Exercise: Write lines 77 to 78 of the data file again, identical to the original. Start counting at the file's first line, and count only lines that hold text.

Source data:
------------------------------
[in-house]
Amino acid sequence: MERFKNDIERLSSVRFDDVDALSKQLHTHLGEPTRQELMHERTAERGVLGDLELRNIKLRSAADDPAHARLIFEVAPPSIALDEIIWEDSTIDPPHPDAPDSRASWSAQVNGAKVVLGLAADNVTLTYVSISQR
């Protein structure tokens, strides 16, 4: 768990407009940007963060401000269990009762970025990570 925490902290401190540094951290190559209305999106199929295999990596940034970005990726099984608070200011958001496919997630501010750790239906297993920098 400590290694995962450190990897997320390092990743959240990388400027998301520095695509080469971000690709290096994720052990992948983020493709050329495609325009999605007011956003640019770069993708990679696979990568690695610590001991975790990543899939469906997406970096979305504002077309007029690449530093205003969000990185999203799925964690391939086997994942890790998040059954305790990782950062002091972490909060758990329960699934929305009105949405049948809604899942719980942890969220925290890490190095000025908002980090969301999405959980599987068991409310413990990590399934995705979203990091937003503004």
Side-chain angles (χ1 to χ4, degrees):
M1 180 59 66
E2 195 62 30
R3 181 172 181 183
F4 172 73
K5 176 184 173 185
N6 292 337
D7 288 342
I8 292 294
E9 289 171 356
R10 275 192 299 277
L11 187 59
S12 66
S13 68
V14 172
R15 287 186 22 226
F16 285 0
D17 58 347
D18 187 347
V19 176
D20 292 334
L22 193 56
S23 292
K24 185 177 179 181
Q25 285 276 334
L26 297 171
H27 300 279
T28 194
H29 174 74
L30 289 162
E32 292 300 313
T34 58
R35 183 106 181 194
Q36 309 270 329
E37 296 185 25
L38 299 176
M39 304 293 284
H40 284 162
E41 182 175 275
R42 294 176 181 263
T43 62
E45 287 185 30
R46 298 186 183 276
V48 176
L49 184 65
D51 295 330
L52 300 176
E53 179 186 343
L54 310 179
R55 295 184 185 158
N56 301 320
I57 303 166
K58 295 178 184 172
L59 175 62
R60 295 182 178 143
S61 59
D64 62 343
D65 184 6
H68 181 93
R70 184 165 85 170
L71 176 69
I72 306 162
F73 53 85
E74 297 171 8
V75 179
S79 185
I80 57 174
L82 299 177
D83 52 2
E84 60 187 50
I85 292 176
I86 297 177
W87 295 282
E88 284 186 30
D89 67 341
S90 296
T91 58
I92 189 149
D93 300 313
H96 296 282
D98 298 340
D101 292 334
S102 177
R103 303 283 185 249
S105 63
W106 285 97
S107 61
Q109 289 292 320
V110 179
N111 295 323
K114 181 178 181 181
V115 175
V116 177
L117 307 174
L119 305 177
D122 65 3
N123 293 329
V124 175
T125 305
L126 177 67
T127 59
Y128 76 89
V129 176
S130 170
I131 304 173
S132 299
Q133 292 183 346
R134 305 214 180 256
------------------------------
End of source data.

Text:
E88 284 186 30
D89 67 341